On the other hand, it suggests the inability of government to curb the excesses of articulated vehicle drivers, especially tanker and truck drivers, who constitute a great deal of nuisance from the Sunrise, Westminster and Warehouse bus stops to the Coconut Bus Stop axis of the road.

Consequently, a lengthy stretch of this part of the road, especially the service lane, has been deserted by other motorists for trucks and tankers.

Osinabajo in an aerial assessment of the Apapa traffic for situation

For a greater part of the day, moving trucks snake around the service lane, in spaces left unoccupied by stationary ones. This picture is also reflected on the expressway proper, where stationary and moving tankers suffocate other road users.

Beyond taking up nearly every available space, the carelessness displayed by these drivers, coupled with the ever-expanding craters on the road, usually lead to these articulated vehicles tumbling down every now and then causing severe traffic snarl.

The bad state of this stretch of the road, is further worsened by the clogged drains, which to a large extent, ensure that vast stretches of the road remain flooded weeks after a heavy downpour.
Considering the fact that this road leads to one of Nigeria’s busiest and biggest sea port- the Tincan Port- several tank farms and other money-spinning businesses, one would have thought that keeping it in good shape would be a top priority of government, but the reverse is the case.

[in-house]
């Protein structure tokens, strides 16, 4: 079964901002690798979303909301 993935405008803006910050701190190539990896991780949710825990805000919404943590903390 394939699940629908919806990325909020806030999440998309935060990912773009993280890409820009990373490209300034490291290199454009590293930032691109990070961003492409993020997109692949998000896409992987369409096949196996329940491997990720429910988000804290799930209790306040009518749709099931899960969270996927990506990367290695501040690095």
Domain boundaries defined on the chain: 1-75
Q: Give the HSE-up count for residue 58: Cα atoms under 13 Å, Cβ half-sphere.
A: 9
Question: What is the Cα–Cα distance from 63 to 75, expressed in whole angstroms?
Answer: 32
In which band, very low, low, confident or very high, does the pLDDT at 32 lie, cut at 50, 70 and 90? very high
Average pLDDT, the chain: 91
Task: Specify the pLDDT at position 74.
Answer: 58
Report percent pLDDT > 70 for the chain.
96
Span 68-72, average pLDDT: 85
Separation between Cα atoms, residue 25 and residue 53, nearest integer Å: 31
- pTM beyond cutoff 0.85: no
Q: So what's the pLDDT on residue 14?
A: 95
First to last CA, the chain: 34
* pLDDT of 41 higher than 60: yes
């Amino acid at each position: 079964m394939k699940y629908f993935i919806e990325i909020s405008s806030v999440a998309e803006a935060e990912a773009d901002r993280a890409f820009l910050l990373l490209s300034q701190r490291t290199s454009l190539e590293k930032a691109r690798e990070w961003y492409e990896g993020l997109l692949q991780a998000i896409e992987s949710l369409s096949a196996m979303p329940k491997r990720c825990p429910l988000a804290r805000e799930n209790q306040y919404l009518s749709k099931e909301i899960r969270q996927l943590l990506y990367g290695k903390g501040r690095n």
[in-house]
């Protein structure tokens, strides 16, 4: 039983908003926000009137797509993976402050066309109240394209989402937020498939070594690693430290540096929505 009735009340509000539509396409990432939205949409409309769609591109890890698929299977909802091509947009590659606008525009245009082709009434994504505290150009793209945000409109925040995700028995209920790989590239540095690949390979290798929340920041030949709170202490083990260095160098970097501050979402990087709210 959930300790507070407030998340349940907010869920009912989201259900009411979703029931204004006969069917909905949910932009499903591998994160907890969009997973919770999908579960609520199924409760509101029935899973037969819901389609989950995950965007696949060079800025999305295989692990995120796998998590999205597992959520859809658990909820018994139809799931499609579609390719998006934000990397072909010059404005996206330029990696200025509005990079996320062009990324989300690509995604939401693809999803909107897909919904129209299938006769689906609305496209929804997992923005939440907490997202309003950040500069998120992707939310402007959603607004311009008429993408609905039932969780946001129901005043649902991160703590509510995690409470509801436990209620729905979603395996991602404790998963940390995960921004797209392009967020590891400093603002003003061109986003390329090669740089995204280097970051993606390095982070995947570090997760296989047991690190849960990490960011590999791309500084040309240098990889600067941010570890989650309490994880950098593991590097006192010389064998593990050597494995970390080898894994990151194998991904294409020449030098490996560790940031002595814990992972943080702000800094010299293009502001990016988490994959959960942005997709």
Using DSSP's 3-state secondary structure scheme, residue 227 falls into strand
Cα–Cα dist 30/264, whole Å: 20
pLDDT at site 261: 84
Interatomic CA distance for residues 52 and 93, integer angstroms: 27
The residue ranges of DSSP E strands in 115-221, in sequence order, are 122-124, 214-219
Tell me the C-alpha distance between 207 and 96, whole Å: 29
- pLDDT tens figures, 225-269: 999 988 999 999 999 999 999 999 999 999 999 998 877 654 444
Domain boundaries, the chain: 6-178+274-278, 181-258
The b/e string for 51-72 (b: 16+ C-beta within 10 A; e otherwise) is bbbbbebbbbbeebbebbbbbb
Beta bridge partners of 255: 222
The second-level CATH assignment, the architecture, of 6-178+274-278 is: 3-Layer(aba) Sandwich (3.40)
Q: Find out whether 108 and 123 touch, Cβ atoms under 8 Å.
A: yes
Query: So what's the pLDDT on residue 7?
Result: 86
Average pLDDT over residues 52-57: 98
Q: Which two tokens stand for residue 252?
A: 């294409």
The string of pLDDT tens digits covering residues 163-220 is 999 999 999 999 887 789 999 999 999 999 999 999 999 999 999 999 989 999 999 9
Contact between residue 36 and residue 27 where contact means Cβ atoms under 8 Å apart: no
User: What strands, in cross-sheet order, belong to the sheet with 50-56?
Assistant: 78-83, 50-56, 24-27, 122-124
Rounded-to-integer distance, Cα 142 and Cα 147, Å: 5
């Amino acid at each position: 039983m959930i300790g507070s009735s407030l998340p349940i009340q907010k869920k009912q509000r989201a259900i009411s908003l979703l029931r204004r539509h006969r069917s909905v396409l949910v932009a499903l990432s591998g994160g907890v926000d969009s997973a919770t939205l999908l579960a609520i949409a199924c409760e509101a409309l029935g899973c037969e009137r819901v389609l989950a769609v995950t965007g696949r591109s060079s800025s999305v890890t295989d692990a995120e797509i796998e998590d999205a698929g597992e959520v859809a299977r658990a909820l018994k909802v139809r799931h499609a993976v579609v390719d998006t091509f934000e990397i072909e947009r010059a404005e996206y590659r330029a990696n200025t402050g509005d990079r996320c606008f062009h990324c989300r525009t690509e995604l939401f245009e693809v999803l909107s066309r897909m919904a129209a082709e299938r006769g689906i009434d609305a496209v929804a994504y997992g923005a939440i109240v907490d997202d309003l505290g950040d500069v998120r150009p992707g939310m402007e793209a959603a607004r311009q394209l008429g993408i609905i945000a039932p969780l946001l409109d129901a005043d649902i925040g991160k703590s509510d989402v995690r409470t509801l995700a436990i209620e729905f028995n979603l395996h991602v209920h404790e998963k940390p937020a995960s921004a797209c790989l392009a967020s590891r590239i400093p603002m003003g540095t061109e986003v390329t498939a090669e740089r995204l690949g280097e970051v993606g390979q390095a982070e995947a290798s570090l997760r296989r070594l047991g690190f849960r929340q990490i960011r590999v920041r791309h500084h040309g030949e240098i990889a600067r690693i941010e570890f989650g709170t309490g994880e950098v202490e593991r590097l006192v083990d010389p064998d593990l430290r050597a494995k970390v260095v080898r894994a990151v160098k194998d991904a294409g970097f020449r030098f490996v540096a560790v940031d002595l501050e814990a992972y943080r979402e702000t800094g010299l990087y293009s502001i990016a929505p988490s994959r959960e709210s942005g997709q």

Now, residents and commuters have resigned themselves to their fate, while some businesses there continue to count their loses.

A resident of the area, Mrs. Florence Nwachukwu, pleads with the government to come to their aide, as cars and buses find it increasingly difficult to meander their way.

“It feels like the government has completely abandoned us because with all our pleas, we have nothing to show for it. From the traffic gridlock, to tankers parked on the expressway, to the refuse dumps that are sprouting up, nothing has been done so far. Now, parts of the road have gradually deteriorated making it difficult for cars and buses to navigate through, especially when it rains, and the potholes in these failed portions of the road continue to widen in size, as rainwater washes off the remaining part.

“Only trailers and heavy trucks with big tyres can access these roads well enough, although it takes them longer time to move short distances. Once they try to move a bit fast, these craters cause them to fall down. The moment this happens, the road becomes practically impassable because of the high number of cars that are jostling to go through the narrowed lanes,” she added.

Consequent upon this ugly development, most motorists have resorted to using link roads around the area to cut off from the expressway.

A failed section of the road at Berger Cement

Sadly, most of these link roads are no better, but simply manageable. Those that are not keen on doing so resort to driving against the traffic, a situation that has become the new normal.

“I have been navigating through this road for years now, and I must say it is not easy using the link roads because they are also always overcrowded, even though not flooded like the expressway when there is a downpour”, he stated.


Disclaimer

Comments expressed here do not reflect the opinions of vanguard newspapers or any employee thereof.